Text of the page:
It’s absolutely a mixed message. And I think some of it comes from the experience of and desire for assimilation. My mom and I wrote an article about our family, sort of looking at four generations, and we really saw that Ashkenazi, early 20th-century immigration experience, and how assimilating into white America also meant assimilating into diet culture, and also meant taking on white supremacist ideas about bodies. And about fatness.
So there’s a sense of loss there, as well. And the way all these pieces come together, in the origins of people’s beliefs about their own bodies and how those beliefs are expressed — it’s something that, again, we need to come at from a place of compassion, right? Because often, it’s coming from a place of suffering, not malice.
How does that play out in the Fat Torah community?
So far we’ve been very lucky in that the default really does seem to be compassion. Something I’m very wary of is that on the one hand, I want us to be a community for people of all sizes, but I also want us to be a fat-centric space that centers fat voices. And this is also an important sort of Torah piece of it, the sense that human bodies exist on an unbroken continuum of sizes, and wanting to be a space where we can experience that sense of body diversity. But I’m also looking out for people with considerable thin privilege who are using it as a space to talk about their own negative feelings about their own body. For example, when a person who’s relatively thinner gains some weight and feels badly about their body, feeling compassion for what they’re feeling and how challenging it can be to have a change in your body, while remembering that some of that suffering is because it’s challenging to lose privilege.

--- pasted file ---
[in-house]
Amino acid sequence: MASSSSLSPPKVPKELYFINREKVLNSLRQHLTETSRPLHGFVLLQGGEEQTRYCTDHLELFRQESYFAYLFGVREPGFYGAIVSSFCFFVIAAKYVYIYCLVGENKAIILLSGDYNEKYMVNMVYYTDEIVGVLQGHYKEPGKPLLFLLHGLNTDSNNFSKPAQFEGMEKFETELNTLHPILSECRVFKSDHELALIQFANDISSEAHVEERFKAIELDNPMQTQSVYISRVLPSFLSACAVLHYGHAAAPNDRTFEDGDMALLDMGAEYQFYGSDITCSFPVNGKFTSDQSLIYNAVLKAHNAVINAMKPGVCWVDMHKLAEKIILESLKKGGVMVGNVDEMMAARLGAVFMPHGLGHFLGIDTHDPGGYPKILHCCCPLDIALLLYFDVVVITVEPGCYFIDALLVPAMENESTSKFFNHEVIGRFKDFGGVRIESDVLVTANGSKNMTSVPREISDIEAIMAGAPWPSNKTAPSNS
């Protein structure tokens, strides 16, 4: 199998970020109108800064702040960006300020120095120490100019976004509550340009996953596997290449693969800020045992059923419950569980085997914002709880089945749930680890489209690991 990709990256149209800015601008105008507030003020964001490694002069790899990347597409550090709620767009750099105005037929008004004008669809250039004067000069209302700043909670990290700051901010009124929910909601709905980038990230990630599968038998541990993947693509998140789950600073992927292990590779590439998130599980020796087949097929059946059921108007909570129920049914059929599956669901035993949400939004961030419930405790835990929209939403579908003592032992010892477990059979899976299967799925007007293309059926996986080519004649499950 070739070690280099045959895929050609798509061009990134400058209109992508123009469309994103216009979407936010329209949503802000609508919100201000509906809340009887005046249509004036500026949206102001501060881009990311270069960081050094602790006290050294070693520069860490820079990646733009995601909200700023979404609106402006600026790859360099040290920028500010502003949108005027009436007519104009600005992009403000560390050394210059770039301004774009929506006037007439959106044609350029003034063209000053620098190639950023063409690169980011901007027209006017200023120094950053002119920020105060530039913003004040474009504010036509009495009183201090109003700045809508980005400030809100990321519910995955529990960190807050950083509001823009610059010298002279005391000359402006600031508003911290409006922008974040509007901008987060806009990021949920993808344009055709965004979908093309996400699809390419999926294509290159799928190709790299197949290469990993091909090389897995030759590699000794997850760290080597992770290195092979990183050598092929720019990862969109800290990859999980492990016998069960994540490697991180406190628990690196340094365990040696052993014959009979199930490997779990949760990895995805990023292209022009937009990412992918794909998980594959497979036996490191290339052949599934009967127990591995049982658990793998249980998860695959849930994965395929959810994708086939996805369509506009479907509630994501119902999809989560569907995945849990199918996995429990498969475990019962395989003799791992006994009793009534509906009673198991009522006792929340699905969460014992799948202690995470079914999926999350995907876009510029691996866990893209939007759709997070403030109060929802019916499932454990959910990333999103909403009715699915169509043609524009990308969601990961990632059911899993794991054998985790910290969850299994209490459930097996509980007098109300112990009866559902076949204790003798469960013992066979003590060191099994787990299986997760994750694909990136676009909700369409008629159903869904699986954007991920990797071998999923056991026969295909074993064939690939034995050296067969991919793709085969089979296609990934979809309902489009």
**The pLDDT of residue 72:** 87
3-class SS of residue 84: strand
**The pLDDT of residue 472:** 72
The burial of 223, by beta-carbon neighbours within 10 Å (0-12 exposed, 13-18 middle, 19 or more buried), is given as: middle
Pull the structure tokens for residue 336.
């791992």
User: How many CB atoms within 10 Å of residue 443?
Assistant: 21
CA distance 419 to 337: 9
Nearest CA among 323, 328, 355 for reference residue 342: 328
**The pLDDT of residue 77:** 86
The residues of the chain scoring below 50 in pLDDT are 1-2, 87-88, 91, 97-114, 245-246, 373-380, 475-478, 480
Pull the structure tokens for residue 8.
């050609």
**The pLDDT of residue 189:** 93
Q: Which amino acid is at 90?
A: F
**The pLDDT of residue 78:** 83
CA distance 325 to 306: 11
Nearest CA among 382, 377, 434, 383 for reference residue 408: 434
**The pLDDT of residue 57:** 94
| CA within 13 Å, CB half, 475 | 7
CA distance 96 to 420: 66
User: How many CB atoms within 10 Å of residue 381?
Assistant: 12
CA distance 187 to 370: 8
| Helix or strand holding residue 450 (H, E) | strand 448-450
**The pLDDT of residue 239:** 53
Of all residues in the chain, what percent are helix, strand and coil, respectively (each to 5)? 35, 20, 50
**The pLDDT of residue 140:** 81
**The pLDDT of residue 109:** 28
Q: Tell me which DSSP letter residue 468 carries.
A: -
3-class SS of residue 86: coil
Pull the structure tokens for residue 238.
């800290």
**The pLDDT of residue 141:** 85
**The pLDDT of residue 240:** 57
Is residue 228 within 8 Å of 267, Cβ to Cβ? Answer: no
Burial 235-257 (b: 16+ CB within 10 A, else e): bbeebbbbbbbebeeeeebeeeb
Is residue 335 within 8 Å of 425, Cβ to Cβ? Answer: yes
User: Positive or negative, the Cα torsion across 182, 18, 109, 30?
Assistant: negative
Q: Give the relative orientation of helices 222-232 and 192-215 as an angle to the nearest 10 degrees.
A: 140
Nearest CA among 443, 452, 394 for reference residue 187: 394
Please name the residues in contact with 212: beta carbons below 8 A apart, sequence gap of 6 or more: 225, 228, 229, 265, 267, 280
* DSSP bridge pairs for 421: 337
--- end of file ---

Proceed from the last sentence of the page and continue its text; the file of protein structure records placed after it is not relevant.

That’s a really good way of putting it.
One thing that I’m especially excited about is , people are starting to really share actions that they’re taking in their actual lives, changemaking action, that’s amazing to have people sharing that.